Author: Cameron Pierce
Publisher: Eraserhead Press
Did you even know that books like this exist? The Ass Goblins of Auschwitz is one of the most bizarre, grotesque, and disgusting books I've ever read, but for the life of me, I wasn't able to put it down. I literally read the entire 104 page novella in an evening. It's a kick in the pants and a shock to your system you won't soon forget.
First of all, let me address a few criticisms I had about the piece right off the bat (so we can get to the good stuff). The use of Nazi imagery is tacked on in the worst way. It's quite probably a very self-aware decision by the author to provide additional marketability to his concept and add a sort of shock-rock factor. The ass goblins themselves have nothing to do with Nazi Germany. Swastikas are mentioned abundantly, and Adolf Hitler is the name of the most hideous and powerful of ass goblins, but Auschwitz is merely the city they live in, and it really has nothing at all to do with World War 2, the holocaust, real Nazism, Germany, etc. The story would've been just as strong without the additional Nazi imagery plastered on for added appeal. I might argue that in some ways it distracted from the otherwise impressive originality of the story because so many other authors have used the same trick.
Another critique many might have of this book is its use of children as protagonists in such a dark and violent world. The story makes no qualms about tearing children apart, having them being turned into "cider", subjecting them to forced cannibalism, mutation, and just about every unfortunate circumstance you can imagine (like eating your own organs). That being said, the word "Children" in this story is tacked on just as much as the Nazi imagery. The characters behave entirely unlike children in their maturity and complexities, and it's more correct to say that they belong to a species of children whose homeworld is called "Kidland". And that leads into the recurring theme of the novella: childhood/innocence lost.
At least, that's what I thought the theme to be. Much ado was made about the loss of childhood, about how the Ass Goblin scientist (the White Angel) was performing experiments to make the ass goblins happy like children were in their natural habitat, and about how the children, after undergoing certain (spoiler-free) changes, could never go back to really being children. Keep your eyes out for this theme if you choose to read the book and let me know if you agree or not.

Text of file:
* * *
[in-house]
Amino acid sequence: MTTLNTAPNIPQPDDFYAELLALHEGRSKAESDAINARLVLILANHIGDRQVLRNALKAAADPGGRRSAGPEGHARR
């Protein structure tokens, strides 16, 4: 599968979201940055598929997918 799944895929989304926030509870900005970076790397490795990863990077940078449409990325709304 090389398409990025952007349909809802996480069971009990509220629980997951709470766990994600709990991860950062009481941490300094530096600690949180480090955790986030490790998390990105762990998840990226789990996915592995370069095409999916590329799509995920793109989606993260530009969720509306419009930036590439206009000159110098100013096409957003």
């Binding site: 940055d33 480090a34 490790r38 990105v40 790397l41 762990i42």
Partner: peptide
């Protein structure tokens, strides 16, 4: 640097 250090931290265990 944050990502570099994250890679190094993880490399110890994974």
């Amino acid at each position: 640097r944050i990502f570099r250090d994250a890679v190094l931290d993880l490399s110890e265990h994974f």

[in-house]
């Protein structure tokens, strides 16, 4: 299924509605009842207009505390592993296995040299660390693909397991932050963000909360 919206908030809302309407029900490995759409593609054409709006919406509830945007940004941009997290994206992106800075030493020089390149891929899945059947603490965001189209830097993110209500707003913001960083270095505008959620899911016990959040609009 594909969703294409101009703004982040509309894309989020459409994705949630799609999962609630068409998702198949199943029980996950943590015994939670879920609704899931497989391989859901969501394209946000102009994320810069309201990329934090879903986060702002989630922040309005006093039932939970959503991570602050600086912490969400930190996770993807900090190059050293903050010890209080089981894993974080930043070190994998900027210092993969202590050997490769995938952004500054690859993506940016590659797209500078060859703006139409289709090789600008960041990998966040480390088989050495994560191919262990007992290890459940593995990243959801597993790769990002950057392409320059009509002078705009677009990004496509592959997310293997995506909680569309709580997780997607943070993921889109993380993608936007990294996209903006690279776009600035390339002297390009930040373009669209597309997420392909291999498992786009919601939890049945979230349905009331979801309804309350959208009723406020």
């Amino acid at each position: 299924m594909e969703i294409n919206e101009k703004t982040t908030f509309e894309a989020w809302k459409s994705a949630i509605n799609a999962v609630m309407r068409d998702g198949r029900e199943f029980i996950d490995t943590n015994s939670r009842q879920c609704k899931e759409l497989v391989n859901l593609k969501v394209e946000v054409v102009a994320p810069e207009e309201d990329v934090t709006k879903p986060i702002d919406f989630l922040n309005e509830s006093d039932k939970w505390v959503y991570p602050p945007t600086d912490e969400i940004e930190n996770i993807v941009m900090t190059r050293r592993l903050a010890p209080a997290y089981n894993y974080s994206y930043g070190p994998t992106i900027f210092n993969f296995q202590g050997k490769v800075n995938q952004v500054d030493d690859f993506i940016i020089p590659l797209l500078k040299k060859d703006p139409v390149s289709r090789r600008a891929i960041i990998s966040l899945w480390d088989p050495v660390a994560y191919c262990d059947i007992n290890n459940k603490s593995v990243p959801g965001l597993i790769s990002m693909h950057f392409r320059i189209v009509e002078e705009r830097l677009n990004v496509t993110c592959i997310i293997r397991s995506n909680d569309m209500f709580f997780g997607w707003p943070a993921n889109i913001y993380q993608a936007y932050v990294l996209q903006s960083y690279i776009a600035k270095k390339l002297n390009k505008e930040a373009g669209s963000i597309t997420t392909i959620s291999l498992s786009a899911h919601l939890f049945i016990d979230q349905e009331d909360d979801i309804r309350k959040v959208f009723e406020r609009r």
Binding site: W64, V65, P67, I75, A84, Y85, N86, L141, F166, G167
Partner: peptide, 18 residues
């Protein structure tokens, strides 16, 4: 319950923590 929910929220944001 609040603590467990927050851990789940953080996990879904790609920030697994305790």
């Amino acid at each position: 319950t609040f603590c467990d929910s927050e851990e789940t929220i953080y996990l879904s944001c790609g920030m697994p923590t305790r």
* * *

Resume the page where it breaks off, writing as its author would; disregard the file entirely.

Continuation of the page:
The things I loved about this book though were what made it so enthralling. The imagery used was well-described and aggressively original and imaginative. The ass goblins are quite unlike any other thing that has appeared in fiction to date. The characters are also given just enough time to develop enough for us to understand them, yet at times I felt as though they were merely vessels of a much greater story.
The writing style is anything but amateur and there were some truly great lines scattered throughout the piece. The plot is very coherent despite the absurdity of the premise, and the ending, though maybe a bit rushed, is an epic scene that is to be read at least twice.
Do I recommend this book? Well, yes, definitely. But if you are not into bizarro fiction, cannot stomach gore and grossness in your stories (and there is LOTS of both), or are offended by the Nazi overtones or the graphic abuse and killings of "children", then you should pass. Those of you able to approach the book with a truly open mind are likely to come away either with mixed feelings or, like me, immediately searching Amazon for more content by the same author.
NOTE to readers: If you want to submit your own book reviews of any horror/bizarro/weird fiction book released in the last few years (especially indie stuff), I'd be happy to look it over for the website. I read lots of books so I'll try to post more reviews like this whenever I have a chance. I'm also looking for flash fiction, especially relating to bizarro fiction, zombies, the Cthulhu mythos, or goretastic hardcore horror, though I'm also open to more subtle pieces.